Some examples of valuable throwaway comments you don’t want to miss are:
“I’ve always seen myself as second best.”
“My sales conversion rates are always poor.”
“It runs in the family.”
Unlock your coaching excellence by allowing John to think his answers through. And in order for him to do that, he needs space – the kind of space that is offered by applying the gentle power of silence. Not only will John feel compelled to break the silence, but he will also provide valuable information.
If you aren’t an experienced coach, you may feel the need to produce results by the end of your session with Mary. That kind of self-imposed pressure can be counter-productive because it can stop the natural coaching flow. Always remember that, yes, you are responsible for applying a useful structure to your 1:1 with Mary, but you are not responsible for coming up with all the answers. That’s Mary’s responsibility.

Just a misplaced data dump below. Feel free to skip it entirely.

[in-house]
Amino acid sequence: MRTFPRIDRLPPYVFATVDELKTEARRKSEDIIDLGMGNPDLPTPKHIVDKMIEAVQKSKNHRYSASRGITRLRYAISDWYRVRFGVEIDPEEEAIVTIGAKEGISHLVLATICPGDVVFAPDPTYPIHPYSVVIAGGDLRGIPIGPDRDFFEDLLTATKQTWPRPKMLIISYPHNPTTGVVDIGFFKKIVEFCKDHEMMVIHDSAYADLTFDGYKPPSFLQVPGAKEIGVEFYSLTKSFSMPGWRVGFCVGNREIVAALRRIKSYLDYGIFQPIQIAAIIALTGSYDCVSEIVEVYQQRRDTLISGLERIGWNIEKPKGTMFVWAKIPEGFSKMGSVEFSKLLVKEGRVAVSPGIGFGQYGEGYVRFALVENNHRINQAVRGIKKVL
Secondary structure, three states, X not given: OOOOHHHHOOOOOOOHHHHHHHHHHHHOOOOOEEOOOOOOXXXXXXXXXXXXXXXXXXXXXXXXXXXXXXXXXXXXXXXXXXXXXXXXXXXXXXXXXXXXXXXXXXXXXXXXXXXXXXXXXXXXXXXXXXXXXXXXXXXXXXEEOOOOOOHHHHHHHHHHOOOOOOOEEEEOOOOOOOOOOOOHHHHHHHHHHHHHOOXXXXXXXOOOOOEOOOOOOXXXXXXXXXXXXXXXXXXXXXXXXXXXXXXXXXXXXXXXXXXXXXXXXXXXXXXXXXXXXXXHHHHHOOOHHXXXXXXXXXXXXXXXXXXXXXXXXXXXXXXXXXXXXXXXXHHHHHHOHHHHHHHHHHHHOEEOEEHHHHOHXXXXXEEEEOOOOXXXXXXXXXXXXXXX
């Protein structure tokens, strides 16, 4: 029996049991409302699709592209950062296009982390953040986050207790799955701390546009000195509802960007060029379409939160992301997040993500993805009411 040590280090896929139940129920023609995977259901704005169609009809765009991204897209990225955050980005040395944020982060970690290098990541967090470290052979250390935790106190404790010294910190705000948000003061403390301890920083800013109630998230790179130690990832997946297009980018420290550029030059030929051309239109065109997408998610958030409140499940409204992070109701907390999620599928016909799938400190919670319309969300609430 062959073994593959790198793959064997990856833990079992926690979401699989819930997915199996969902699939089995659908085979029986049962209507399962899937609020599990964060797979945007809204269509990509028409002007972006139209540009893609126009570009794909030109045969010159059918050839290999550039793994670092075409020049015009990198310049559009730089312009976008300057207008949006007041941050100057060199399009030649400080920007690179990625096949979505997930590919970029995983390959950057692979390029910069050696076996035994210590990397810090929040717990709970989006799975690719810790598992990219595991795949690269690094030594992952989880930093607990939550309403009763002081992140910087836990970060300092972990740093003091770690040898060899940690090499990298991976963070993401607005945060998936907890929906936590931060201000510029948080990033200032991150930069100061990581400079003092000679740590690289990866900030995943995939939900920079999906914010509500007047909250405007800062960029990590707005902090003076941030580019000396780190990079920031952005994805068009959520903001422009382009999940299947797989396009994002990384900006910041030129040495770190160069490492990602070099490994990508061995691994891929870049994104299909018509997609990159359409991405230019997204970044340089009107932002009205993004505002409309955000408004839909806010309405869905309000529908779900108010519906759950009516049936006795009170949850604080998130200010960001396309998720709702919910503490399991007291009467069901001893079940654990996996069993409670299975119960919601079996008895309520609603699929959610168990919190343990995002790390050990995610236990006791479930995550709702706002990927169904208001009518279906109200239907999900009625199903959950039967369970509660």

Of course you want your coaching to be the catalyst for Mary to discover her own answers. The best way to achieve this is to stop performing and start connecting. You’re not a coaching machine. You are, first and foremost, a human being. Be personable and use language to show you are right there and present with Mary:
“I know how that feels.”
“I’ve experienced that too.”
“This is what I’ve done to improve my results.”